Helping you prosper

Succession planning

13 April 2017

Over the last 12 months I have advised and completed on more management buy-outs (MBOs) than ever before. Whatever the motivation, more and more CEOs, it seems, are starting to strongly think about succession planning - a heavily coined phrase - but what does it actually mean?

In short, it is identifying, assessing and developing employees to grow into key roles; generally consisting of seven stages:

  • survival;
  • commitment;
  • recruitment;
  • development;
  • selection;
  • announcement; and
  • implementation.

At the start-up stage, a founder must inevitably devote all efforts to the development of their product and service offering; it’s a case of survival. Once the business has survived this initial stage, a leader should give consideration to their succession plans, regardless of his or her age. And, as cliché as it sounds, failing to prepare is preparing to fail.

When talking succession, an owner must commit to the idea that the business has to continue to function in the absence of any one member of the senior leadership team. In an immediate context this is a case of risk mitigation, but it also has additional beneficial side effects that can act as a framework to aid the development of board members, senior management and the company’s wider strategies.

Organisations cannot survive unless it is staffed with the best people with potential to step into senior roles when the time comes; a key benefit of succession planning is the provision of an on-going analysis of essential recruitment criteria for future leaders. This can be a difficult task for the many owner manager run businesses that make up the majority share of the UK market.

As a company owner or CEO you and your senior leadership team must realise that the planning process is second only to the development process. Developing fellow senior team members, allowing them to grow within their existing roles and allowing them to exercise authority is an essential component of all successful transition plans. It is important to also remember that succession plans do not develop candidates, only development experiences and structured training will prepare candidates for senior leadership roles.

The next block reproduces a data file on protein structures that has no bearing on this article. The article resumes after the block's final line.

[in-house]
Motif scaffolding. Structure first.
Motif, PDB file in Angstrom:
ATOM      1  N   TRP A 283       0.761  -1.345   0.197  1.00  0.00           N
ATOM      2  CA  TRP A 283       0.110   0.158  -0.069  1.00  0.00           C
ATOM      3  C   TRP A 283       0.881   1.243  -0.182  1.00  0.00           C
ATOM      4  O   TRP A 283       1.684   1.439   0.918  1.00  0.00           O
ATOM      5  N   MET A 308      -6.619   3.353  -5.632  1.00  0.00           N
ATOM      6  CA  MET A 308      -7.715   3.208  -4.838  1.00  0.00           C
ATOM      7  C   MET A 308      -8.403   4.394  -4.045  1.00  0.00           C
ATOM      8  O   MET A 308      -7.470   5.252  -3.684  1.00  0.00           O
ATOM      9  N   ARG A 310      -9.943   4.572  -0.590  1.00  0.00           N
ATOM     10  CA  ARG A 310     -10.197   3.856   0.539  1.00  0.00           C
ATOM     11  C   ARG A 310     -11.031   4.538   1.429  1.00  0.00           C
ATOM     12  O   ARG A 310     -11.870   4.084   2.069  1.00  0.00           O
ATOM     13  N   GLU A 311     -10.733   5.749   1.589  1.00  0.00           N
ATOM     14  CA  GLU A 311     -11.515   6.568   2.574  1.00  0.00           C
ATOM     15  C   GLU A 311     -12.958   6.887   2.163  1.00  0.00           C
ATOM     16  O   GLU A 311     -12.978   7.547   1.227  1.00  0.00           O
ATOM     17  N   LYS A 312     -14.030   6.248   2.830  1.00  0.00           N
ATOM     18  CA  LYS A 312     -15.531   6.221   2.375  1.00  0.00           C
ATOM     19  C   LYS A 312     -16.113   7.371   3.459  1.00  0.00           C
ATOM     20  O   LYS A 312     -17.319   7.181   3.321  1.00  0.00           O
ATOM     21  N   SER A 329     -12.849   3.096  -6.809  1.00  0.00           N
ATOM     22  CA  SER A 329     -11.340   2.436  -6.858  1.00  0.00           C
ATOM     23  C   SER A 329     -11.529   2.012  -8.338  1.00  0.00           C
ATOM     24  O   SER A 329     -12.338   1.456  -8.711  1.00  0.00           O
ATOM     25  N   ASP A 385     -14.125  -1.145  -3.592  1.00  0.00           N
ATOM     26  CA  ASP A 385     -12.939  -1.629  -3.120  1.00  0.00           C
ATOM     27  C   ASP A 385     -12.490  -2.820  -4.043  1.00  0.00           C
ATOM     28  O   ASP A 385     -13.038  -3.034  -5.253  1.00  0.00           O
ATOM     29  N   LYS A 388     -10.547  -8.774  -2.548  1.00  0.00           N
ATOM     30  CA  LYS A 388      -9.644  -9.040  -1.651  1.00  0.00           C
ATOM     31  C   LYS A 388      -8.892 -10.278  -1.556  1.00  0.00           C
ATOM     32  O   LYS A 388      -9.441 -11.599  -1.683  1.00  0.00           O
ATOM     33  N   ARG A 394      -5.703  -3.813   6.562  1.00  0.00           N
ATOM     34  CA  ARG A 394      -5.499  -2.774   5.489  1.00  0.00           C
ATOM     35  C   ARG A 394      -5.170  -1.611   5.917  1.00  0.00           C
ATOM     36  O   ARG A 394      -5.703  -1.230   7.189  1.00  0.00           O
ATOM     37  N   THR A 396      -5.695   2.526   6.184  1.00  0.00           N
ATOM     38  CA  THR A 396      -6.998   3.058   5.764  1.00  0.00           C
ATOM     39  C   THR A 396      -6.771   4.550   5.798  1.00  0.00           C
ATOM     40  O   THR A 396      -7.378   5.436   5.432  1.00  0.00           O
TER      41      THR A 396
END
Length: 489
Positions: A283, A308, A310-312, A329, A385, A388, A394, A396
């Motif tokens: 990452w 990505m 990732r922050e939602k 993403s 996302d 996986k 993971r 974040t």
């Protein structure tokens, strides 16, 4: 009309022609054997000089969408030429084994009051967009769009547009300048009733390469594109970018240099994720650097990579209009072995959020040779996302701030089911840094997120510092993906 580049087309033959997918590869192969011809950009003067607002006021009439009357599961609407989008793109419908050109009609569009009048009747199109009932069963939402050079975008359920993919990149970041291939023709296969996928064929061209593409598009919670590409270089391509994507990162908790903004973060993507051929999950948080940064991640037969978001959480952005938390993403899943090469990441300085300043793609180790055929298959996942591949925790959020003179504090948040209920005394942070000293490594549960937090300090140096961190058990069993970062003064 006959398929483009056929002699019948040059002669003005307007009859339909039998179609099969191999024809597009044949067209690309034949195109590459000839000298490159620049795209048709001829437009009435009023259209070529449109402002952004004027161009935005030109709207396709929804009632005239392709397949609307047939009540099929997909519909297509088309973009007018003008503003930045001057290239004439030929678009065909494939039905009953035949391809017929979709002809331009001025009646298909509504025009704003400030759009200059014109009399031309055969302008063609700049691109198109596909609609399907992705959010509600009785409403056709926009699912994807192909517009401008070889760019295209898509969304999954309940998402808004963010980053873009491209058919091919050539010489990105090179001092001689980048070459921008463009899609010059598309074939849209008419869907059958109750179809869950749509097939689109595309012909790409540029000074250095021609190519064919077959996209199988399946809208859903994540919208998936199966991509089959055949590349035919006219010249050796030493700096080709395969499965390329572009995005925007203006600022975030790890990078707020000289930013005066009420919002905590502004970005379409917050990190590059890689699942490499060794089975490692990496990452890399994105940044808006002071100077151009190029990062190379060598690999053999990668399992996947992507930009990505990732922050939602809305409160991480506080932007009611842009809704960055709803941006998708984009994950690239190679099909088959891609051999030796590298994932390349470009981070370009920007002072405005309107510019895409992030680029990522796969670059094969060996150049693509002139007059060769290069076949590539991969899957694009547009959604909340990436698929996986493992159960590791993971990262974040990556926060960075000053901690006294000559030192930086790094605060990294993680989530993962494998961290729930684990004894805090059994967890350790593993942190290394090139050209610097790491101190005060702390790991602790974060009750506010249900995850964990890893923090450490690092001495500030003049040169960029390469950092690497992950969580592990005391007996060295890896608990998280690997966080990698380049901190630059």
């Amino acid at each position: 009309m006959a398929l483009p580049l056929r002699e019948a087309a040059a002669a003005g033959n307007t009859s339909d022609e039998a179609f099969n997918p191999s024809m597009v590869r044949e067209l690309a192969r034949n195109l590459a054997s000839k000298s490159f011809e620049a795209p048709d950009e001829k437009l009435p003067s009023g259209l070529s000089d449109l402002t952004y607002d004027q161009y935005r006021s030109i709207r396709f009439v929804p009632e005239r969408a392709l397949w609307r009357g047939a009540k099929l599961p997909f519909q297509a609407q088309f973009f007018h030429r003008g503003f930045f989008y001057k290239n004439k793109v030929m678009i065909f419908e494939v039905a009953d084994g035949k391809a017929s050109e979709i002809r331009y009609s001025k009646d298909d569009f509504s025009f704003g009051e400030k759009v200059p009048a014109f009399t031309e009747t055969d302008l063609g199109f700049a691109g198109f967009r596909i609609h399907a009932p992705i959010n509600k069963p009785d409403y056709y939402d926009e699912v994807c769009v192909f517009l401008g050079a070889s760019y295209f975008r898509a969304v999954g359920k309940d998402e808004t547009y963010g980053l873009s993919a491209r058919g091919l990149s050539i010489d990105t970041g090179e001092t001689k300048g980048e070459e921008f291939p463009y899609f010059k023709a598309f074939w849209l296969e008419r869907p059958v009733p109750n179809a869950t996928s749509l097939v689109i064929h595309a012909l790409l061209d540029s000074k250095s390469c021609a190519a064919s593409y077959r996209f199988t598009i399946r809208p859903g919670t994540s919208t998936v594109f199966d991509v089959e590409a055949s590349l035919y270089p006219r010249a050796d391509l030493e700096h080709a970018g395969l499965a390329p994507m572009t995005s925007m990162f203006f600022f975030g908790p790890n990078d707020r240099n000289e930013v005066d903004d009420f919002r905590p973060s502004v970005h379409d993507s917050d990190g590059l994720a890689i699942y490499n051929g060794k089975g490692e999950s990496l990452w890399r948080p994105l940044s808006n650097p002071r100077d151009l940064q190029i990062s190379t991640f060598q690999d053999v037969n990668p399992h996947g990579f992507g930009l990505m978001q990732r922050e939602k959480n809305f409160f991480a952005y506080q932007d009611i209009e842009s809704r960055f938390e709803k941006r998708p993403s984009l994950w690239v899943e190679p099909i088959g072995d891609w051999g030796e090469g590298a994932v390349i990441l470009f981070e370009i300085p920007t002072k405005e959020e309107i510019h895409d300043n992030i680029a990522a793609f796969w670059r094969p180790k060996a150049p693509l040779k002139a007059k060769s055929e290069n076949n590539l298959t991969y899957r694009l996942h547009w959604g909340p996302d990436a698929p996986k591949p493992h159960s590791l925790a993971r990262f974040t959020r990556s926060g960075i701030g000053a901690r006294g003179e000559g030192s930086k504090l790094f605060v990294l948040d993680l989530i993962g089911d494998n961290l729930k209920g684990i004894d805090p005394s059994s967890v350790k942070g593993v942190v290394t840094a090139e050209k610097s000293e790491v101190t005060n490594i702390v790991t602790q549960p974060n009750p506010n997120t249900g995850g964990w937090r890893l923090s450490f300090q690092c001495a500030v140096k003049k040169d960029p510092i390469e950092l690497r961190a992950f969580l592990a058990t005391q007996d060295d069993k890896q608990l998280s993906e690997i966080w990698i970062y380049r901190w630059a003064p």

Having developed a successful transition plan and recruited the right people, selecting successors becomes easier. By empowering a broad range of key people, the selection process is simplified and options are enhanced.

The final selection process should include in-depth competency-focused interviews that probe for the skills and talents essential for the role, referencing incites from the candidate's superiors, colleagues and peers. In cases with external candidates many companies will choose to instigate elements of psychometric testing.

Having come this far, it is time for the founder to announce their future plans and introduce a successor. Announcements should detail the reasoning for the successor’s appointment and outline the company’s future plans. It is essential for the successor to show appreciation for an outgoing leader’s legitimate accomplishments to avoid alienating his or her supporters in the company. This gives all parties a clear path to the future with a definite goal.

In implementing the plan, the founder must be prepared to step aside and allow his or her successors to take over. Should an outgoing CEO remain as Chairman, that role needs to be clearly defined so as to not interfere with the role of their successor. If the successor is known to the management team, they must be given adequate time to relate to him or her in their new role. This can be achieved by systematically phasing the successor into senior meetings over the agreed period of time. This will also provide suitable opportunities for the outgoing board member to provide mentoring, feedback and advice to his or her successor.

For further information on this blog, please contact the author Elliott Buss or alternatively please contact your local UHY expert.